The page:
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FEMS Microbiology Letters

Anna Koza, Anna Kusmierska, Kimberley McLaughlin, Olena Moshynets, Andrew J Spiers
Combined experimental evolutionary and molecular biology approaches have been used to investigate the adaptive radiation of Pseudomonas fluorescens SBW25 in static microcosms leading to the colonisation of the air-liquid interface by biofilm-forming mutants such as the Wrinkly Spreader. In these microcosms, the ecosystem engineering of the early wild-type colonists establish the niche space for subsequent WS evolution and colonisation. Random WS mutations occurring in the developing population that de-regulate diguanylate cyclases and c-di-GMP homeostasis result in cellulose-based biofilms at the air-liquid interface...
May 23, 2017: FEMS Microbiology Letters
Guang-Yu Wang, Ming Li, Fang Ma, Hu-Hu Wang, Xing-Lian Xu, Guang-Hong Zhou
Pseudomonas spp., in particular Pseudomonas fragi, are dominant in aerobically stored chilled meats. This work isolated P. fragi isolates from spoiled chicken and investigated the effect of modified atmosphere packaging (MAP, CO2/N2 30%/70%) on physicochemical properties of P. fragi isolates compared to the corresponding controls (air). A total of 6 P. fragi isolates were isolated from aerobically stored spoiled chicken. MAP inhibited the growth of the isolates primarily in the exponential phase without inducing cell death and weakened the isolate's ability to form biofilms...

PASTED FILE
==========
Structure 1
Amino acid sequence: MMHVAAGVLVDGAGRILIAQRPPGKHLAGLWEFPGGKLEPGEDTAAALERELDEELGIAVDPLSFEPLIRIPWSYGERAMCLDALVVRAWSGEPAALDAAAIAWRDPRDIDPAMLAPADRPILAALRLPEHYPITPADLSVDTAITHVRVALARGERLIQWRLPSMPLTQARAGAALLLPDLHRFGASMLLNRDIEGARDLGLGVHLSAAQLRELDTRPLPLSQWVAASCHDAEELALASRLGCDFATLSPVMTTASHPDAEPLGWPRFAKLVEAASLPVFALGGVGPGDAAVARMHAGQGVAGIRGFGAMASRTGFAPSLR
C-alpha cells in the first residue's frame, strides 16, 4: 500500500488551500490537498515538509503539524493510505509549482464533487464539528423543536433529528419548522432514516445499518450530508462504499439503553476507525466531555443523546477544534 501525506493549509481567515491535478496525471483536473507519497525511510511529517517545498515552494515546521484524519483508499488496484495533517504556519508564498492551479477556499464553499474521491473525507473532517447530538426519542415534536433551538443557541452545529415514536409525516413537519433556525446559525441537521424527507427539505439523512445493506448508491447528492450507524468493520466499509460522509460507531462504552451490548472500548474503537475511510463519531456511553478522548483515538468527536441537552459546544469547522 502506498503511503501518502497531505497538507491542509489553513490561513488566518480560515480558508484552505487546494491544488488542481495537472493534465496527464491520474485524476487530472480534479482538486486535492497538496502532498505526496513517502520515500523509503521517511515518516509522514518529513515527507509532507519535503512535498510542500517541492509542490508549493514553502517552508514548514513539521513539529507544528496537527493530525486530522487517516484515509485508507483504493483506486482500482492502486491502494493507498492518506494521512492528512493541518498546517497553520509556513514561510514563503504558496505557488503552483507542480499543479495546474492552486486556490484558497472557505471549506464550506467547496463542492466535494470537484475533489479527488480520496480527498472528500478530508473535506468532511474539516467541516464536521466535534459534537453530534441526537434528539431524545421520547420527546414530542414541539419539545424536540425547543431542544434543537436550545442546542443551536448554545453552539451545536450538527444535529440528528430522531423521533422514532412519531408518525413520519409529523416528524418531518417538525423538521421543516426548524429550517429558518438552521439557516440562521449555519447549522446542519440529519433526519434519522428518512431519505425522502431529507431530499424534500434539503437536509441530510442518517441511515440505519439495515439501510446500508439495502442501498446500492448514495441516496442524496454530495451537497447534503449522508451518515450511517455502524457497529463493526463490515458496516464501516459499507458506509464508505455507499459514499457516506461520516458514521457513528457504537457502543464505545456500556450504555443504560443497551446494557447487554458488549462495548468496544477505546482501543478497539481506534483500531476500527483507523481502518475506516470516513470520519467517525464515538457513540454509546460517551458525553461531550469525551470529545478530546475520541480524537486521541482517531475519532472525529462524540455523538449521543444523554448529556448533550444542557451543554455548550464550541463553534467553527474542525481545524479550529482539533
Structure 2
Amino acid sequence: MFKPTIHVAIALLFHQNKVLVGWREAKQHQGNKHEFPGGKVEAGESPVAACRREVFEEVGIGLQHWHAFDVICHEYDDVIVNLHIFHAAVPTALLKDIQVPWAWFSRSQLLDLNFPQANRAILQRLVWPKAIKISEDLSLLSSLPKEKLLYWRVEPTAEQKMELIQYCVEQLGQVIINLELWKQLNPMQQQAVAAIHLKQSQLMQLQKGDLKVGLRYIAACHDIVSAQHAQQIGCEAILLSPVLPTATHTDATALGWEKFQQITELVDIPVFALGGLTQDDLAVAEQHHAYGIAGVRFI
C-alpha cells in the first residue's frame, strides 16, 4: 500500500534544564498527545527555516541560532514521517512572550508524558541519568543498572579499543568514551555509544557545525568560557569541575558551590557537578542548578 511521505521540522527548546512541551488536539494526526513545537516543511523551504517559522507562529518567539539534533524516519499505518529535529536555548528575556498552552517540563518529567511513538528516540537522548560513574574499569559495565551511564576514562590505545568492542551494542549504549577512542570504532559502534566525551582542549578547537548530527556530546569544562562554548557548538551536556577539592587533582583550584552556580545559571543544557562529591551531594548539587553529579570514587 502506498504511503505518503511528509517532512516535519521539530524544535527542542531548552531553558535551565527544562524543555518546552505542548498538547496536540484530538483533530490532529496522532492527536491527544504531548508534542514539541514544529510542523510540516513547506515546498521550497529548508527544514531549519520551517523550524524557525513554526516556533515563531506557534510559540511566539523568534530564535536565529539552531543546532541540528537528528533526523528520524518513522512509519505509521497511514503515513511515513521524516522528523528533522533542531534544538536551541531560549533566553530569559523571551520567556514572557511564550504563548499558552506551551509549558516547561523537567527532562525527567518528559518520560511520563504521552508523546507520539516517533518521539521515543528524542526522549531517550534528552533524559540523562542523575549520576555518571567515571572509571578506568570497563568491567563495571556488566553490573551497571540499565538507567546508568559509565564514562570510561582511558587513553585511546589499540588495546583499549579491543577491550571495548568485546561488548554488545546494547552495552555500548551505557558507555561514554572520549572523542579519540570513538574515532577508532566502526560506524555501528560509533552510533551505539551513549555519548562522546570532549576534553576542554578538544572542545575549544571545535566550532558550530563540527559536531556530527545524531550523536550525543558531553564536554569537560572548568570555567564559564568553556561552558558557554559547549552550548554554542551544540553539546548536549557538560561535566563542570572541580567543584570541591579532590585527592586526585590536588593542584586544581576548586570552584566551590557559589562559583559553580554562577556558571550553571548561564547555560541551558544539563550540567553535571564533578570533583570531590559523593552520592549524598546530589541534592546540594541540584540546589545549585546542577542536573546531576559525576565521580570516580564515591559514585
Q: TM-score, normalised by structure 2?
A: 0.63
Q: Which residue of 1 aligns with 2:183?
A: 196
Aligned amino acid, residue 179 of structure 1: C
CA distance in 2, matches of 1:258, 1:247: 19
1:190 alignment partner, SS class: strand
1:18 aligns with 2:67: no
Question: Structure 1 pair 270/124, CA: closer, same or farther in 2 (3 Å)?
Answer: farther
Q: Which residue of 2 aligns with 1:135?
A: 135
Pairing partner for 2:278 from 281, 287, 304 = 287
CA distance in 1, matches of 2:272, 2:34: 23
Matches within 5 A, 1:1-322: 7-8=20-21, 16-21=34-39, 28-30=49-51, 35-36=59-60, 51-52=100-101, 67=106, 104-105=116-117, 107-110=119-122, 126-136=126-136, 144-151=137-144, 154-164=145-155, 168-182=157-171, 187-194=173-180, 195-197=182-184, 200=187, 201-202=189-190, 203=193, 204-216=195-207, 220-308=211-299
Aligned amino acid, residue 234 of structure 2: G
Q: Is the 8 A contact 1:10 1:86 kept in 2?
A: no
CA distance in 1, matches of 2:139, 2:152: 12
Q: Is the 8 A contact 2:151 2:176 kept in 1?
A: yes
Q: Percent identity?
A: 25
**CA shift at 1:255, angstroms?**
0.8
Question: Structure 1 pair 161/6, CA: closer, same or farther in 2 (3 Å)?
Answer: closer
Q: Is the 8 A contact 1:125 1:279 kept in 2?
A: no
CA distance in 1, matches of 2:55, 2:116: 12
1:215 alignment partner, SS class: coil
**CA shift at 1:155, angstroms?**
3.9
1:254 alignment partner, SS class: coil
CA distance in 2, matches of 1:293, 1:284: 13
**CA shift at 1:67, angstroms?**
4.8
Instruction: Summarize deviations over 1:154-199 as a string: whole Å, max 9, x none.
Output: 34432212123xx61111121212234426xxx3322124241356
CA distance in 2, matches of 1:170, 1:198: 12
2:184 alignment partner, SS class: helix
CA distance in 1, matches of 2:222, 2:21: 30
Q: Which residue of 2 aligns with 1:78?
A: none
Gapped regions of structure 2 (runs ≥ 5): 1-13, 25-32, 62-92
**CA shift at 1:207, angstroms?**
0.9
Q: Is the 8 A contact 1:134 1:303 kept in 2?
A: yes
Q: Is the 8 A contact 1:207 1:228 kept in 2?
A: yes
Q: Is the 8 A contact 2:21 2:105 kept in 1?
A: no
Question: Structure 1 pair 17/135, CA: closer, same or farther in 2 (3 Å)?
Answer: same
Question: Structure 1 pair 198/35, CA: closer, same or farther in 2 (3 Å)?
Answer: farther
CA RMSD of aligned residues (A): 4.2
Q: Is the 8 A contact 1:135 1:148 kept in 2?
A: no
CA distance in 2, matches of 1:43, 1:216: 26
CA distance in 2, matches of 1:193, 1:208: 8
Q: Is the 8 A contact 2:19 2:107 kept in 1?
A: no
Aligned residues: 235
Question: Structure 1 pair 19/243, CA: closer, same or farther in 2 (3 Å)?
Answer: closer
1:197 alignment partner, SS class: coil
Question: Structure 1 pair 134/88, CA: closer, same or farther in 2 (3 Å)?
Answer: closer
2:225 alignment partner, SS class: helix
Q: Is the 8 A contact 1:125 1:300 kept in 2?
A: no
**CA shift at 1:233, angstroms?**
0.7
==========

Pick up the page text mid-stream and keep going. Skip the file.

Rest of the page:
May 22, 2017: FEMS Microbiology Letters
Beatrix Fahnert
No abstract text is available yet for this article.
May 18, 2017: FEMS Microbiology Letters
Shelby E Gantt, Susanna López-Legentil, Patrick M Erwin